The Republican and Democratic candidates for California's 23rd Congressional District found a lot to disagree on during a televised debate on a wide range of national topics Wednesday night.
Incumbent Rep. Kevin McCarthy, R-Bakersfield, and challenger Kim Mangone, D-Quartz Hill, staked out contrasting policy positions on topics ranging from face-mask mandates and a border wall to climate change and a new coronavirus relief bill.
In largely polite exchanges on KGET-17, McCarthy defended Republican legislative actions and promoted his vision for economic development as Mangone mostly adhered to Democratic priorities on topics such as clean energy while pushing for greater investment in workforce training.
Observers have expressed doubts the election will be close; McCarthy got twice as many votes as Mangone in the March primaries. Local Democrats see the race more as an opportunity to make inroads against a candidate with strong name recognition in a district where they trailed Republican voter registration by 12 percentage points as of Sept. 4.
The Nov. 3 General Election is important for McCarthy for different reasons. If Republicans are able to retake control of the House, McCarthy would presumably become Speaker of the House and third in line to the presidency.
McCarthy, a 13-year congressman and one of the nation's most powerful Republicans, took aim several times at China over its inability to contain the spread of COVID-19 as well as its pattern of stealing U.S. technology. He said the United States must do more to secure its supply chain by reinvigorating domestic manufacturing.
Another theme of his Wednesday message was promoting U.S. energy independence. McCarthy dodged a question about whether climate change was manmade, responding that the climate is changing and that the solution must be manmade. He also used the topic to promote Kern's push for carbon management, which involves removing carbon from the atmosphere.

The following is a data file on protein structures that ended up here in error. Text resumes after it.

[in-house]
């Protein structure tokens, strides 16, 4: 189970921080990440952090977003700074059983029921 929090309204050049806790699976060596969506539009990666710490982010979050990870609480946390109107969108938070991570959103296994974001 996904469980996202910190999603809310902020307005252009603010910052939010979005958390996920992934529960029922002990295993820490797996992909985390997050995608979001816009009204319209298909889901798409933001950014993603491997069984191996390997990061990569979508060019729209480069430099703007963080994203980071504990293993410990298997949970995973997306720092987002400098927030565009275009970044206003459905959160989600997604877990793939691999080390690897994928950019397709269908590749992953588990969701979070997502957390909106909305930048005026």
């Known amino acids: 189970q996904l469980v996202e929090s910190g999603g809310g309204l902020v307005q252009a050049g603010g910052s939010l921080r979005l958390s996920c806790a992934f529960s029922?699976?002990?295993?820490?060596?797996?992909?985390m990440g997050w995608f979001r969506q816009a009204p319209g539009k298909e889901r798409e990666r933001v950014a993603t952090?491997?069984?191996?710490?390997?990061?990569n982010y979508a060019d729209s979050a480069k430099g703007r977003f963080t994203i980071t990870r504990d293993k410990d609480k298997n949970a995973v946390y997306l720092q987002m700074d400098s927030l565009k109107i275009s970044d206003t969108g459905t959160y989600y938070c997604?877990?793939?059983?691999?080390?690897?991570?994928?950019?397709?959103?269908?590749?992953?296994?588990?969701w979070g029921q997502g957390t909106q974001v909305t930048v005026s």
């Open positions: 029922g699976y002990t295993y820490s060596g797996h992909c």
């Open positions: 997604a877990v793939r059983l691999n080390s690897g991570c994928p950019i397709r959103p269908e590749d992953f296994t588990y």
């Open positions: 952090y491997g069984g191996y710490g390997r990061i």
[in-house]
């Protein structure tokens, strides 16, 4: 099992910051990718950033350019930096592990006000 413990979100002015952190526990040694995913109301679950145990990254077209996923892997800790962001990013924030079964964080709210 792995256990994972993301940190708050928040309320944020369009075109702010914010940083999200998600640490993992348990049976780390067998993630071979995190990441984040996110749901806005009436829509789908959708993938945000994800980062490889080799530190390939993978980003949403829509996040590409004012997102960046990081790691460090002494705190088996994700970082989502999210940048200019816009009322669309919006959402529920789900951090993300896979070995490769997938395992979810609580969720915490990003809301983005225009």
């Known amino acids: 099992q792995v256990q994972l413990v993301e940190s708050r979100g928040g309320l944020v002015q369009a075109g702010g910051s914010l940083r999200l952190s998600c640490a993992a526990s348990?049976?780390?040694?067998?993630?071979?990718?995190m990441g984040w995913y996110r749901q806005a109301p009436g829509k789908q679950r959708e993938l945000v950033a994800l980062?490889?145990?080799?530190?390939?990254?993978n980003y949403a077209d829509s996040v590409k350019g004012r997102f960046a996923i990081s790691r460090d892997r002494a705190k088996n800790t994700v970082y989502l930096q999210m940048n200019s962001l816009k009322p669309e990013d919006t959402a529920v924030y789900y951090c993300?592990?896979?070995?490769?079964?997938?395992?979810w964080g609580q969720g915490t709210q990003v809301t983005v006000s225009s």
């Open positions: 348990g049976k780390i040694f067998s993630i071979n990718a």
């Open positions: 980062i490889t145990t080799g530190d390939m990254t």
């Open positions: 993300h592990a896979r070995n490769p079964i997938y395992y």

Mangone, a U.S. Air Force veteran and former systems engineer living in Quartz Hill, countered that humans are accelerating climate change and that the solution is investment in clean-energy technology.
When asked about whether a nationwide mandate on wearing masks in public should be put in place, Mangone said she supports the idea. The federal government has failed to produce a valid national plan for fighting the coronavirus, she said, emphasizing more should be done locally to protect Hispanics that have suffered disproportionately from the virus.
McCarthy voiced support for face masks, along with social distancing and hand-washing, but said he opposes mandating masks. Pointing to the federal government's efforts to quickly develop a vaccine and therapeutics, he said schools need to reopen soon and that the economy cannot be forced to close once again.
The two also disagreed on congressional work toward a new coronavirus relief bill, with McCarthy calling the Democratic proposal a "wish list" that's mostly about politics. Mangone said congressional negotiators need to keep their eye on ways to help people, small businesses and local governments.
Responding to a question about a wall along the U.S.-Mexico border, Mangone said the effort was a waste of money, particularly in light of tunnels that she said render the effort pointless.
But McCarthy asserted the wall is a necessary first step toward border security that must be a precondition to meaningful immigration reform.
The 23rd District stretches from Porterville to Lancaster.
The hourlong debate was hosted and moderated by broadcast journalists Jim Scott and Eytan Wallace.